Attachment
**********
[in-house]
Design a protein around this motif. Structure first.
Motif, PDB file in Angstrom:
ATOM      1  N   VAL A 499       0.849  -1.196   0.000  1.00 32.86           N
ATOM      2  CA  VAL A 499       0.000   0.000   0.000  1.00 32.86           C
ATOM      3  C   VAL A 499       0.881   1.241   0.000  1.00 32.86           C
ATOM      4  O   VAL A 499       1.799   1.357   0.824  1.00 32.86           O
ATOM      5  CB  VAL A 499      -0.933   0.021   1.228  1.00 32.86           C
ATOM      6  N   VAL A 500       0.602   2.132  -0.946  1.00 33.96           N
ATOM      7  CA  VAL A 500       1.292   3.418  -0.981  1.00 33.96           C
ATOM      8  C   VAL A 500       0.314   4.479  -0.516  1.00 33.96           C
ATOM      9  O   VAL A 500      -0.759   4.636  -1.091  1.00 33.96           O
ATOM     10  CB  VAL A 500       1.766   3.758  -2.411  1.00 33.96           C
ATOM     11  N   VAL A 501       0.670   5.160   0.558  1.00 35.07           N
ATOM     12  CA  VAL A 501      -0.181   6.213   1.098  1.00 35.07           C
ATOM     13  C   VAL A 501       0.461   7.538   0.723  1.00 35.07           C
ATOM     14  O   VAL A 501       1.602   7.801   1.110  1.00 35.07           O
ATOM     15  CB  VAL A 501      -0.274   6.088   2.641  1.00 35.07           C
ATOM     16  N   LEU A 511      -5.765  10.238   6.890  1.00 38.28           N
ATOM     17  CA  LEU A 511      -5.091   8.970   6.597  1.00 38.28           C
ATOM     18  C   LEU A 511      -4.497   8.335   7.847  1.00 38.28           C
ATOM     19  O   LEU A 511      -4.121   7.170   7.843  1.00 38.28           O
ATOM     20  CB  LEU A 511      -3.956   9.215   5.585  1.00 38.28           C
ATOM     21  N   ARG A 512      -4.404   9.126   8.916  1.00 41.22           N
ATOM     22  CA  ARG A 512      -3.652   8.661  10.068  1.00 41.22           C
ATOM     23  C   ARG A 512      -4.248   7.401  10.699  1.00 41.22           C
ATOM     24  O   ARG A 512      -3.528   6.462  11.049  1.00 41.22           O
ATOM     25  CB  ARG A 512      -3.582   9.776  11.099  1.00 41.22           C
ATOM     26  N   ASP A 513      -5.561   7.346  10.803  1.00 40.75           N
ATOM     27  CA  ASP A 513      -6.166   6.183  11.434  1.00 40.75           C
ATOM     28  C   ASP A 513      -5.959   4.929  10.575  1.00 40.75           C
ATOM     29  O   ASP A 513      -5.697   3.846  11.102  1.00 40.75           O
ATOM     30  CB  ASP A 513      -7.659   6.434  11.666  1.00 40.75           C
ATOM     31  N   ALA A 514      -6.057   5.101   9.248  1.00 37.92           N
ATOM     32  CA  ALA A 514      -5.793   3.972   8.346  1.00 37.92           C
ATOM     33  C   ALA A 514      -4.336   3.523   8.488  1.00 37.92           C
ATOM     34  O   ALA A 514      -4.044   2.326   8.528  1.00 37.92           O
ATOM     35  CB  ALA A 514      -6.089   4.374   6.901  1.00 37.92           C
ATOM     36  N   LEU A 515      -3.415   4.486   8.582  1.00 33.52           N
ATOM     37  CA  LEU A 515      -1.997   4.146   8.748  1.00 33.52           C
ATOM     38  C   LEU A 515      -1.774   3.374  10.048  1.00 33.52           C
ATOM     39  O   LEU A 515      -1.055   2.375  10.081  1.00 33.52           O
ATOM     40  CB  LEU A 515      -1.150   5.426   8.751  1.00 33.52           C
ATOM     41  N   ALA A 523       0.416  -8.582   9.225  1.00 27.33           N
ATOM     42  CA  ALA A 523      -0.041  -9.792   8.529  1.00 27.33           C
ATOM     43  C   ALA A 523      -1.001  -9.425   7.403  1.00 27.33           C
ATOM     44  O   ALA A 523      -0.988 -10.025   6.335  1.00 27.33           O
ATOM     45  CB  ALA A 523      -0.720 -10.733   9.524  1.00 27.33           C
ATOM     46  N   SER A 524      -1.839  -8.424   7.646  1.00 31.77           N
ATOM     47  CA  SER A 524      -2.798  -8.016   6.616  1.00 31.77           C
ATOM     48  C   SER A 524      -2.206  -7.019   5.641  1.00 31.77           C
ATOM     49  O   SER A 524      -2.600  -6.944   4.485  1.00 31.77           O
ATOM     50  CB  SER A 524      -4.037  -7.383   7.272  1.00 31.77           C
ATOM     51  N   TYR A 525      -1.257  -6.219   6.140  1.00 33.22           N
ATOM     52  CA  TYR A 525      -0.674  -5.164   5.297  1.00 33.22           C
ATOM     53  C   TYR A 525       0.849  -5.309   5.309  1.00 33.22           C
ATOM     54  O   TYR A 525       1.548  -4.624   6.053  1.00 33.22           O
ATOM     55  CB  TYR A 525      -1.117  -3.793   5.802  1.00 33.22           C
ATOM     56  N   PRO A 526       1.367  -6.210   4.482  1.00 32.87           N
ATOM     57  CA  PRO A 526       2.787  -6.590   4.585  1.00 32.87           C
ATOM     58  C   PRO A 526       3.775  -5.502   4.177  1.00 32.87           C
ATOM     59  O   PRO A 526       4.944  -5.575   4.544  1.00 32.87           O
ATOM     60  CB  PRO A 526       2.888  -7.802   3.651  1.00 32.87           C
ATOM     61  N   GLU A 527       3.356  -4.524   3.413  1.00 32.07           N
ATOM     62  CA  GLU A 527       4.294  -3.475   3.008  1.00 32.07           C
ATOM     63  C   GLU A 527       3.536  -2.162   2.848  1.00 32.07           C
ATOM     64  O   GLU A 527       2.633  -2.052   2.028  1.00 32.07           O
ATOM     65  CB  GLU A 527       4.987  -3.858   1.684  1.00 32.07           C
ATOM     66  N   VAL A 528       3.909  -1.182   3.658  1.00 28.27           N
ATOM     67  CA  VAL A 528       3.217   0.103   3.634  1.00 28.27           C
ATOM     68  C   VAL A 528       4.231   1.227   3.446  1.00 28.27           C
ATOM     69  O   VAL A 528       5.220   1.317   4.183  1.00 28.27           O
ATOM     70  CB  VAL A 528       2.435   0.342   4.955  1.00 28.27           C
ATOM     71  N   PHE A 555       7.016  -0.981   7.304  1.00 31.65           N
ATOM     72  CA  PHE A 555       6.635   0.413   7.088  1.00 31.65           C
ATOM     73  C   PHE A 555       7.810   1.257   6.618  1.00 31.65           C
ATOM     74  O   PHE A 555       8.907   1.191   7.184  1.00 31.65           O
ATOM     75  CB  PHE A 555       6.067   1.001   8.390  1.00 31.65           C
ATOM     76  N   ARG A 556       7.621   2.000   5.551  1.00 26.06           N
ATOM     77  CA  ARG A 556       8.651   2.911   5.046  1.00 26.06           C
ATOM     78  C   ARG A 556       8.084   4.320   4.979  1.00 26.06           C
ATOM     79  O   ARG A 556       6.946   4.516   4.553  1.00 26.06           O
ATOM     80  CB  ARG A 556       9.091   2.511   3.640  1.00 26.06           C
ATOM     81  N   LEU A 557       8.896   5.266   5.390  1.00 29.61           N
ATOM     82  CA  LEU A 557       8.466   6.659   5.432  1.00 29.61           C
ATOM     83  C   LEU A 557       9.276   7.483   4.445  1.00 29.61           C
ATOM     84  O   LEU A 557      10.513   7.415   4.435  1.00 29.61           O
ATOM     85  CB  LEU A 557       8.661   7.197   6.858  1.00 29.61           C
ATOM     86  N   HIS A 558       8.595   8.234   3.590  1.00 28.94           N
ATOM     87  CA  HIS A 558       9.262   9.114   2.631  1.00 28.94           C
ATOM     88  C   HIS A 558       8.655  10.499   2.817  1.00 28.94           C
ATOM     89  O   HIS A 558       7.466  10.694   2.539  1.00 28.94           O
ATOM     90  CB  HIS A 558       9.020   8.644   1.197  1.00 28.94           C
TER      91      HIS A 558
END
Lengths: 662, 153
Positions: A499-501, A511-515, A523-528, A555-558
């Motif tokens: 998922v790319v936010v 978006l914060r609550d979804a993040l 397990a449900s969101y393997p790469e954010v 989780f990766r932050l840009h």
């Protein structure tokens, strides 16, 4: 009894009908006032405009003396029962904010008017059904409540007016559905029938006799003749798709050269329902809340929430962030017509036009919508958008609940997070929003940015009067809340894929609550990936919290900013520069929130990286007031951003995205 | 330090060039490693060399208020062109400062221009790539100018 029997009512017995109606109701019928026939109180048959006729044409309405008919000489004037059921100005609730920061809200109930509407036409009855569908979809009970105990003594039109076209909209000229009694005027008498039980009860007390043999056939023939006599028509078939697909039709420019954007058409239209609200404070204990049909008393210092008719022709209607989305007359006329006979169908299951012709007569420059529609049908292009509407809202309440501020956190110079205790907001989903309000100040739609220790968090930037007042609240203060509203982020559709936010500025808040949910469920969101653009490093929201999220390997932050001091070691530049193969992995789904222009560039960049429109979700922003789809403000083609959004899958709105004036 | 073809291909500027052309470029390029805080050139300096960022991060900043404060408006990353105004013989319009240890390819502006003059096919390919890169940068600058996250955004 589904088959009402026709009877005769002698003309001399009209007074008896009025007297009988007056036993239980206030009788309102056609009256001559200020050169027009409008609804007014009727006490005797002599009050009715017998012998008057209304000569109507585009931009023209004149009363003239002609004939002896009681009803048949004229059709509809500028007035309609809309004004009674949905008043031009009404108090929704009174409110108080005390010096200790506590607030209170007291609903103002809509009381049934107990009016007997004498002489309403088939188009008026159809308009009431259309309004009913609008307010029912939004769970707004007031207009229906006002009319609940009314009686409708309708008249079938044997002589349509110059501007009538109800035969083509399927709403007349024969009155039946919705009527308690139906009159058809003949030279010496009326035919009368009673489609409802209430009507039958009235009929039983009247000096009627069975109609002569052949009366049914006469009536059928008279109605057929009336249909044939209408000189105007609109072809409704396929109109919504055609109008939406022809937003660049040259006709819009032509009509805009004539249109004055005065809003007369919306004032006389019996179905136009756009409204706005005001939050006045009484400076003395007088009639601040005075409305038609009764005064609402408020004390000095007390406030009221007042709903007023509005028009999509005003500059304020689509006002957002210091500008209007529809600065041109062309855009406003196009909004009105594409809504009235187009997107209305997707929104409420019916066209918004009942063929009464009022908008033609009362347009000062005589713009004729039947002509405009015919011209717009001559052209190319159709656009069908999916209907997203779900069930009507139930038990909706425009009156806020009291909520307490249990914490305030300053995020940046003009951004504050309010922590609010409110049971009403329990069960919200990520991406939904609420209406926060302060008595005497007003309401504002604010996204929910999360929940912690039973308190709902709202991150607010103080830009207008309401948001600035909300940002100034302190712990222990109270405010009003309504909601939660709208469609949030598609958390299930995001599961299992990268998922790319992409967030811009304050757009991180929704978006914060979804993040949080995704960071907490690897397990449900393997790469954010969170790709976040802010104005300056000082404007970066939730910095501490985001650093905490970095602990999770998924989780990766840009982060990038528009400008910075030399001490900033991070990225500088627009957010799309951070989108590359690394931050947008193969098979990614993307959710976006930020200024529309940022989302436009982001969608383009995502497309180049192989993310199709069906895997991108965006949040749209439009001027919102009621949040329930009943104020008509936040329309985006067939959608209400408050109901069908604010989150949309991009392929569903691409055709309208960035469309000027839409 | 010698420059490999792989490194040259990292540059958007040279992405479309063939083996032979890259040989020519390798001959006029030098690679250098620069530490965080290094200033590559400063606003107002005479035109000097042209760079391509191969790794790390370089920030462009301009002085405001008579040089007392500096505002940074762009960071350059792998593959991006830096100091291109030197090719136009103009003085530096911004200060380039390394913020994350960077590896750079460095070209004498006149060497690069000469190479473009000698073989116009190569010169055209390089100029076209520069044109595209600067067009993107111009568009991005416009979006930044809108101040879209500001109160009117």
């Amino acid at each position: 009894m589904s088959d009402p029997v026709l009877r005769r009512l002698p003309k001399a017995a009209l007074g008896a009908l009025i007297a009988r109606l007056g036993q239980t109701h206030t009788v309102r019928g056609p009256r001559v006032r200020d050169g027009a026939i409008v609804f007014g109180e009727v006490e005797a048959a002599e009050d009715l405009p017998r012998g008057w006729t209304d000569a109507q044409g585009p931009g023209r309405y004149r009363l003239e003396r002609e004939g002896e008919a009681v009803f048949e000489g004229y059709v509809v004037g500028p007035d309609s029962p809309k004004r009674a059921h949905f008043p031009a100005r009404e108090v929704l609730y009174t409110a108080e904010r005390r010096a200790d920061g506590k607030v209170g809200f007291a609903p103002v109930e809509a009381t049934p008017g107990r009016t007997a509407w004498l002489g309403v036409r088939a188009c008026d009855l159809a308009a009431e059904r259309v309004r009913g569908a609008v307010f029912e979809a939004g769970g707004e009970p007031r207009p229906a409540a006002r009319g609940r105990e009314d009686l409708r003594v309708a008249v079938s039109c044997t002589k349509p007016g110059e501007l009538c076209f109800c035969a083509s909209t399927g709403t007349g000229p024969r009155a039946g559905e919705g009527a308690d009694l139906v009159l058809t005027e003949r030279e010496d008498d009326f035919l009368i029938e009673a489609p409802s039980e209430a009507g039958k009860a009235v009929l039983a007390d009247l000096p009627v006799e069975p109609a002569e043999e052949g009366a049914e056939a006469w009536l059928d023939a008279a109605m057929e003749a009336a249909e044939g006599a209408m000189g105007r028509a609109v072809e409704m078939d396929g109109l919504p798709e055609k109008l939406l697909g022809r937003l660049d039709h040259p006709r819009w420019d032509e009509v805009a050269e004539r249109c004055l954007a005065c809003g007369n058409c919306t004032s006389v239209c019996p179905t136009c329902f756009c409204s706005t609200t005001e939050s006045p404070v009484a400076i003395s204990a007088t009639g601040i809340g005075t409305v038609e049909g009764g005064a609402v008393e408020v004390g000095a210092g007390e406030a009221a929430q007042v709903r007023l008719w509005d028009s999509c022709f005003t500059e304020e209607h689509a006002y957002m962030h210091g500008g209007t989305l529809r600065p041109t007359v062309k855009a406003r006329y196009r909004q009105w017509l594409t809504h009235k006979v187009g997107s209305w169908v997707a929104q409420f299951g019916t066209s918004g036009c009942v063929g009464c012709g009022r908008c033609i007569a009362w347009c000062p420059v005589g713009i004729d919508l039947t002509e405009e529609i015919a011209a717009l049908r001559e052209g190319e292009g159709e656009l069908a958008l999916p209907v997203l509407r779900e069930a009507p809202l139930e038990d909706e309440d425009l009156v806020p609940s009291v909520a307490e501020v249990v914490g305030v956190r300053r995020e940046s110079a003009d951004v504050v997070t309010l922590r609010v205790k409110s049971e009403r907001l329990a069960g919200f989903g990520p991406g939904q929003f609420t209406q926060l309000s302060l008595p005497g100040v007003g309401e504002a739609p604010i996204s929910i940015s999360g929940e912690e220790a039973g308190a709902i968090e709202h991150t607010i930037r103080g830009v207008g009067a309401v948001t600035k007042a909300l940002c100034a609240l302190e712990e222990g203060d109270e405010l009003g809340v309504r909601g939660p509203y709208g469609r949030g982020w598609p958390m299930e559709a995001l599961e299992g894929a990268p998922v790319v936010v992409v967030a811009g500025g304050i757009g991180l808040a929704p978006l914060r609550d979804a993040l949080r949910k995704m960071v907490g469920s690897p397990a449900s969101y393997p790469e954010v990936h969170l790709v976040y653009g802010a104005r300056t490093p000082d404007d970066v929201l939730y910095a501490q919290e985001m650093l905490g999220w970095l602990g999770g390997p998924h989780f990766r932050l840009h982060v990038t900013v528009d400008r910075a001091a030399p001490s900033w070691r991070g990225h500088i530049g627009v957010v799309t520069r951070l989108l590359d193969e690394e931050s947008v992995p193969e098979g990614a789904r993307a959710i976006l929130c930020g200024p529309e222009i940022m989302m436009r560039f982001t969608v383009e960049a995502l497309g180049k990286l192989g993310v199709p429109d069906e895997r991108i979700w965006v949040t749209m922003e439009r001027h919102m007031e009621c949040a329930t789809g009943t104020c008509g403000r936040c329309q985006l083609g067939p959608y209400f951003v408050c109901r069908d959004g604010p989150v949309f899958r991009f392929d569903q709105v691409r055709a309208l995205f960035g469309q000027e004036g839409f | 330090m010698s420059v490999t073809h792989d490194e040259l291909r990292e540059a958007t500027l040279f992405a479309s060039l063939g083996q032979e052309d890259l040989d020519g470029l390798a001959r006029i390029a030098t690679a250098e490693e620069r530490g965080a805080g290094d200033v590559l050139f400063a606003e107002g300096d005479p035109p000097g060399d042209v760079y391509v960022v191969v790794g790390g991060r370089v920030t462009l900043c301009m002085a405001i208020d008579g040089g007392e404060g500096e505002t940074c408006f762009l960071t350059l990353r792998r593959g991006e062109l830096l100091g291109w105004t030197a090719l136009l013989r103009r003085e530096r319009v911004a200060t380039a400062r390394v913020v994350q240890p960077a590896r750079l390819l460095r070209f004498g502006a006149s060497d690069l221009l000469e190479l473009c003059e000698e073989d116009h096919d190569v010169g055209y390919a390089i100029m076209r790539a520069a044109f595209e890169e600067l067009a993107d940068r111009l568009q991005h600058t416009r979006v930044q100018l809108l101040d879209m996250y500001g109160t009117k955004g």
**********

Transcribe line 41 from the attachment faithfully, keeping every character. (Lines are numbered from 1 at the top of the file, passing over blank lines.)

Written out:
ATOM     38  C   LEU A 515      -1.774   3.374  10.048  1.00 33.52           C